August 8th, 2012

Paul Neyron rose 2

reading and listening

I haven't been reading books in the last few days, but I've been reading online, as I do much of the time.  I re-read Biyuti's post about Blaine being bakla and Biyuti and Larkin's discussion about the gender presentations of the gay characters on Glee.  I haven't heard from Larkin in a while.  Presumably she's very busy with work and school.  I've read all of Biyuti's Just Biyuti posts, but haven't ever commented there.  I get a lot from many of the posts, though.

Some recent posts have been about "white-passing" people and light-skin privilege.  My ancestry is northern and Eastern European, and I am described as having an "English complexion."  I still have a general idea of the debates, though I would very much appreciate being corrected where I'm wrong.  What I'm more familiar with is the forms the discussions take and have historically taken among African-Americans.  There were those laws that said if a person had "one drop" of African "blood," they were African-American.  Well, the descriptors of the people were much less polite than "African-American."

Thanks to that rule, many people who were very fair-skinned were included in the black community.  It proved useful to certain investigators involved with race issues of the time, those who identified as part of the black community.  Walter F. White, a NAACP leader and civil rights activist (http://en.wikipedia.org/wiki/Walter_Francis_White), did a number of investigations into conditions in the South in the early part of the twentieth century, looking at lynching and other hate crimes.  From what I gather, there were a number of situations where if he'd been known to be black, he would have been killed.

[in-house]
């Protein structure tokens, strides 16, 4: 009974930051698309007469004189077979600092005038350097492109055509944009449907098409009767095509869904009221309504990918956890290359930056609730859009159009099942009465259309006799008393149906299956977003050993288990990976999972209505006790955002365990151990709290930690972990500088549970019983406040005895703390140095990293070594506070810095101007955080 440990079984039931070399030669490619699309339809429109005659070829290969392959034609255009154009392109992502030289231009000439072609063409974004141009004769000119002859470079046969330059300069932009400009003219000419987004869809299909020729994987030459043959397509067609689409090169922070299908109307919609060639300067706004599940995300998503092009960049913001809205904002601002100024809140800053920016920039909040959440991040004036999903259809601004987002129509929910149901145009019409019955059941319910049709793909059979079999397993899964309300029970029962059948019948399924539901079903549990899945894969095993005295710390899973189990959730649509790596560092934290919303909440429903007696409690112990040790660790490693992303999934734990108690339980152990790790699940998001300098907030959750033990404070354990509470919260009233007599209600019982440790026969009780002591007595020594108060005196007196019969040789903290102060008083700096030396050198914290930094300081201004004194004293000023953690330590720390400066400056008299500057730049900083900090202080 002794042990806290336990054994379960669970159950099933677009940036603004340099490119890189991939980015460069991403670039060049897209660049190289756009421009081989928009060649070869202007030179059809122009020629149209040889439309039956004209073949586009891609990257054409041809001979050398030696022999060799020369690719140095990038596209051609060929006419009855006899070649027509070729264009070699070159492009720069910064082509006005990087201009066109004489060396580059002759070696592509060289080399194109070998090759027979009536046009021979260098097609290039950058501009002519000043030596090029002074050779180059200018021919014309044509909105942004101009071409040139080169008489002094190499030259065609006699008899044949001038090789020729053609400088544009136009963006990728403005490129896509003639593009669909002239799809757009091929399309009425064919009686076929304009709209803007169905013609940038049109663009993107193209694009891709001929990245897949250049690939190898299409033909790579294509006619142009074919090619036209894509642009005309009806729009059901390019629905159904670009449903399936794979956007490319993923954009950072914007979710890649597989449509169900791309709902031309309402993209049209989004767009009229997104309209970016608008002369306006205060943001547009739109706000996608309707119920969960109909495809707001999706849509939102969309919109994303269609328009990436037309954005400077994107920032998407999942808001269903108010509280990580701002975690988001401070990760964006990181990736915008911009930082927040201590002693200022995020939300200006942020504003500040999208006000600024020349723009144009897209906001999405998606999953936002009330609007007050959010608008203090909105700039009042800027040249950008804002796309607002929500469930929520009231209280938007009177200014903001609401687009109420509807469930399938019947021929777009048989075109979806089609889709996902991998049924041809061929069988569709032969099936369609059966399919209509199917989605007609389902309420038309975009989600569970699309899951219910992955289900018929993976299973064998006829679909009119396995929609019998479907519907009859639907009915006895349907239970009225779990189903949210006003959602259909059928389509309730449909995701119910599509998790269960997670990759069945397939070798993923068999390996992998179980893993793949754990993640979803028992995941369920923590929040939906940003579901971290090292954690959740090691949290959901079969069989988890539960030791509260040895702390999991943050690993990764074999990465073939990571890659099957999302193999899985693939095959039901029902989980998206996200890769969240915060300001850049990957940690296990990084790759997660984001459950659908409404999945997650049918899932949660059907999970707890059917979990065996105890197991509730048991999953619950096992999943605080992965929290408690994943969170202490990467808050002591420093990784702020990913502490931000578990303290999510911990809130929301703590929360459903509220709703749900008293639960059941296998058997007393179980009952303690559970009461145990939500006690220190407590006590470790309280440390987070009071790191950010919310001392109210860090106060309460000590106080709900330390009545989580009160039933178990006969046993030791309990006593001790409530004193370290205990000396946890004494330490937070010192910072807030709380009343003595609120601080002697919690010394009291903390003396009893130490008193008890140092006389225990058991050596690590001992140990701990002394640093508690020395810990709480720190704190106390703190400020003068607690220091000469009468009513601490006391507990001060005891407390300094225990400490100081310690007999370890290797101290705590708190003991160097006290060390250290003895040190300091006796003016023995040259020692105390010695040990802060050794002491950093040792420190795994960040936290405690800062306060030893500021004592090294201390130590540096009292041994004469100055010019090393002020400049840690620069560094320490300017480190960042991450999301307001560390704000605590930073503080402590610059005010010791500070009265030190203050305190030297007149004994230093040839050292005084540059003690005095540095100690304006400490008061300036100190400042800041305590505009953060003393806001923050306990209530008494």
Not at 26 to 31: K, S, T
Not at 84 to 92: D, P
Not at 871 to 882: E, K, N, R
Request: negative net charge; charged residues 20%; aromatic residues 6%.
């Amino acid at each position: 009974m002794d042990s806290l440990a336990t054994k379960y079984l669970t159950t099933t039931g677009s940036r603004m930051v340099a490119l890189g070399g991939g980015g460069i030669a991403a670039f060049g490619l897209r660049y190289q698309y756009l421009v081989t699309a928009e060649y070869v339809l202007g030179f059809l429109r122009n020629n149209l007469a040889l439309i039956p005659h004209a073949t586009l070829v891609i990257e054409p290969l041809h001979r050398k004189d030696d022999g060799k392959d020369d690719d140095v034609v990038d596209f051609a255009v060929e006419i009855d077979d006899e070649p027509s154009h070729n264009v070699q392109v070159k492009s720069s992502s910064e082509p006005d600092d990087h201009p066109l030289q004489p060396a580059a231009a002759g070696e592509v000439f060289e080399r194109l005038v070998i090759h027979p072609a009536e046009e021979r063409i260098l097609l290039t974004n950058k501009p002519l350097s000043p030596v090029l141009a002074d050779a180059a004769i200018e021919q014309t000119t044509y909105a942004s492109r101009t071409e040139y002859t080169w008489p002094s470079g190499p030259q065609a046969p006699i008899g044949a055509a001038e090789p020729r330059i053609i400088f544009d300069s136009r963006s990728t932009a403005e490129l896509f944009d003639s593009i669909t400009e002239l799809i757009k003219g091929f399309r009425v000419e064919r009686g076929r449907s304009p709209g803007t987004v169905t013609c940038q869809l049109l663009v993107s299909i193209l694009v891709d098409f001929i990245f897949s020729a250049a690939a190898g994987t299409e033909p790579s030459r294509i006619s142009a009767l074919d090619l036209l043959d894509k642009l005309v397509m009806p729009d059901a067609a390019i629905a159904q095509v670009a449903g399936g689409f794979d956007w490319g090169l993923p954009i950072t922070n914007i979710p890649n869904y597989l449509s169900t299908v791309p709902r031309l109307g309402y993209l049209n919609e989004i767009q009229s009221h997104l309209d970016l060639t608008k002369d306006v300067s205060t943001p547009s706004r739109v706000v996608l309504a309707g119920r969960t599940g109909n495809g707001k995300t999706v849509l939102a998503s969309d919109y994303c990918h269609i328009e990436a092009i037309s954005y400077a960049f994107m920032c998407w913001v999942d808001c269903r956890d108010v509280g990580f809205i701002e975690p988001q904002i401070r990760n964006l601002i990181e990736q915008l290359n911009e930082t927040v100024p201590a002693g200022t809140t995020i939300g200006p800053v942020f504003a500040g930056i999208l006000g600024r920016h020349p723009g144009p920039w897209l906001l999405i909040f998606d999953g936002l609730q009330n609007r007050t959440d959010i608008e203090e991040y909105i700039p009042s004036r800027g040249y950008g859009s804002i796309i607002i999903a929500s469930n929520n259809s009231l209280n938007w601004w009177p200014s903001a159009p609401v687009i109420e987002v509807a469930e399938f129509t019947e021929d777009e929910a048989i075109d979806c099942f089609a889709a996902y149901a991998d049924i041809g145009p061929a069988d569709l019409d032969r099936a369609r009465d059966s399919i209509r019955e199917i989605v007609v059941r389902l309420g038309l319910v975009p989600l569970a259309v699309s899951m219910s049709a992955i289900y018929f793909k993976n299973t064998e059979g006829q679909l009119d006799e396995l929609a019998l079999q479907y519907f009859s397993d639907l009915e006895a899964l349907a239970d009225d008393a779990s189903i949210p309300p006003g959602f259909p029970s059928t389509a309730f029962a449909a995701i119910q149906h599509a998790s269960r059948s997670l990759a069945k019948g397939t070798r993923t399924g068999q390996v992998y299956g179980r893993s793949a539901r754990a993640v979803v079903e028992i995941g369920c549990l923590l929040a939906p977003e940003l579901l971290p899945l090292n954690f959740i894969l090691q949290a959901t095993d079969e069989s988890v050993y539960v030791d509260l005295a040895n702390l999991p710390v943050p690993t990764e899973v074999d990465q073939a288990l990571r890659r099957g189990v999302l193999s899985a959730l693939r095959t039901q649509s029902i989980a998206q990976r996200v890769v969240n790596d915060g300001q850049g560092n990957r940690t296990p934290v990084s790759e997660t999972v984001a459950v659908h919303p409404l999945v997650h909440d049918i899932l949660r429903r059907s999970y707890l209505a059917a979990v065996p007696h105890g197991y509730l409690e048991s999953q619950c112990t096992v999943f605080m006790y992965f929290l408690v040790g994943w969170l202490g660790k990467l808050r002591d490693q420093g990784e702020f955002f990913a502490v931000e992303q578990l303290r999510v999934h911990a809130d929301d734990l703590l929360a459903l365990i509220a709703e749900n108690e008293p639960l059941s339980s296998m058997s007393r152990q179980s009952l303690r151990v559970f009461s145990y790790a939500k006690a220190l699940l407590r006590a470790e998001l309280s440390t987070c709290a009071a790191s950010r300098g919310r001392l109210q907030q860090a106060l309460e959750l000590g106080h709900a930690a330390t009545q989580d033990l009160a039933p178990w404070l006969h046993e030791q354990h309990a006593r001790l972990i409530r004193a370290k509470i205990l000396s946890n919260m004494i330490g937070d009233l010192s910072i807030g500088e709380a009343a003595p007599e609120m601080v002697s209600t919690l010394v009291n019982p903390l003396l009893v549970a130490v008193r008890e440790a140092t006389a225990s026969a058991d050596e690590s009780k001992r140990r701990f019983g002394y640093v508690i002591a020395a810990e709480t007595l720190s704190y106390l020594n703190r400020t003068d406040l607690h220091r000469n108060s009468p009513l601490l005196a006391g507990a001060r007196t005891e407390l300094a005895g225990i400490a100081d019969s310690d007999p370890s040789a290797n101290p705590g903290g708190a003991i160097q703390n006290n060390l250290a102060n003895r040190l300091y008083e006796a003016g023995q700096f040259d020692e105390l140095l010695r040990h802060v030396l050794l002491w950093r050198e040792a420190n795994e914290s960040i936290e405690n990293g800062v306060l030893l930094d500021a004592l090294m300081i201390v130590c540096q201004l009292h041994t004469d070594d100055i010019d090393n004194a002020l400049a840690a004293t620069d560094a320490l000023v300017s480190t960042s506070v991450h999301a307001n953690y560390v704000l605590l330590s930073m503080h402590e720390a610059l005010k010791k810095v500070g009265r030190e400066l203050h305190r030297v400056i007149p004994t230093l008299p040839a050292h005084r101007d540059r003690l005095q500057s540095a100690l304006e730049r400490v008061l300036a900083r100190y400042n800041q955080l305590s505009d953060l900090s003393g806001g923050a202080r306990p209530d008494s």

There's a storied tradition of white-passing individuals helping the community by exposing what the stories were in white-against-black crimes, especially lynchings and riots.  Some white-passing people choose to leave for better economic and social opportunities, though I think probably far less than in earlier decades.  Historically, they'd lose at least some contact with their families, and hear all kinds of racist language presumed to be "safe" to say to someone who appeared to be white.

Individuals now who have white skin and were raised in communities of color still hear all kinds of casually racist language when they're out and about among white people.  Light-skinned African-Americans may use African-American Vernacular English to clarify where they're coming from, at least at times.

Mostly when I hear outright racist statements, it's from Dad's veteran friends.  I'm pretty sure he doesn't challenge it.  They're men a generation or more older than I am, and I really don't like confrontation.  However, I need to challenge it when I hear it.  Most of them seem to have decided that the president wasn't born in the U.S.  When I discussed that with Mom, she said, "They're a bunch of racists!"

"Technically that was xenophobia," I said.  Not that that's any better.  Right-wing forces in the country have worked and worked to spread the belief among many people that the president was foreign-born (not true) and Muslim (he's Christian).  A startlingly high percentage of U.S. citizens believe those things now.

I have a responsibility to engage in discussion with other white people if they say racist things.  I'd rather do it one-on-one, and hopefully in a situation that's safe for me.  Perhaps I might enlighten a few people.  Then there's letting them know not to use that kind of language around me.  I did it when R.A.'s boyfriend M.G. used that other f-word.  Seriously, how could I look S. in the eyes if I let that kind of language go by?